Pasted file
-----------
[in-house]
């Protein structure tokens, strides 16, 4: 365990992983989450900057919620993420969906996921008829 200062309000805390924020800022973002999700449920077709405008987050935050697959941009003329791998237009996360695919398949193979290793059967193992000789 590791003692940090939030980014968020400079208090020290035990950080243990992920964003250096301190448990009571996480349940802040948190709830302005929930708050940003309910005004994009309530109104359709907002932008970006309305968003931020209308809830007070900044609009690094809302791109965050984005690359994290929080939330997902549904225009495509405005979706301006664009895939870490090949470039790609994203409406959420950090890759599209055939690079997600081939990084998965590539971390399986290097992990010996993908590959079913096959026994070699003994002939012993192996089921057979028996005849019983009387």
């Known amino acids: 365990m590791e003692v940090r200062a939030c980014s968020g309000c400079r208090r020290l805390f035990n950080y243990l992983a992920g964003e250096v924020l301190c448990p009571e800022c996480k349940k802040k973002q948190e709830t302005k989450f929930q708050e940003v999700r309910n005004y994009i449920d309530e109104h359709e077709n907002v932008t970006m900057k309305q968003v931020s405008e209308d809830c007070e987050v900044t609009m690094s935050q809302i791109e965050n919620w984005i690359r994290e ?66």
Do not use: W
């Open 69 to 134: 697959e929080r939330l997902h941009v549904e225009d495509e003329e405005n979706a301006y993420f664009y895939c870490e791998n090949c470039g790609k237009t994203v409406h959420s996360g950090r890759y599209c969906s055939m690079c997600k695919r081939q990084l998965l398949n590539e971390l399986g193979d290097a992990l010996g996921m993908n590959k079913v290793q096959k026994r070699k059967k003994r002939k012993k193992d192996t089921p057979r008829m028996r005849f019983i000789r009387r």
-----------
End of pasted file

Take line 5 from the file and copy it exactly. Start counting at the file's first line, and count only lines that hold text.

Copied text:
């Open 69 to 134: 697959e929080r939330l997902h941009v549904e225009d495509e003329e405005n979706a301006y993420f664009y895939c870490e791998n090949c470039g790609k237009t994203v409406h959420s996360g950090r890759y599209c969906s055939m690079c997600k695919r081939q990084l998965l398949n590539e971390l399986g193979d290097a992990l010996g996921m993908n590959k079913v290793q096959k026994r070699k059967k003994r002939k012993k193992d192996t089921p057979r008829m028996r005849f019983i000789r009387r």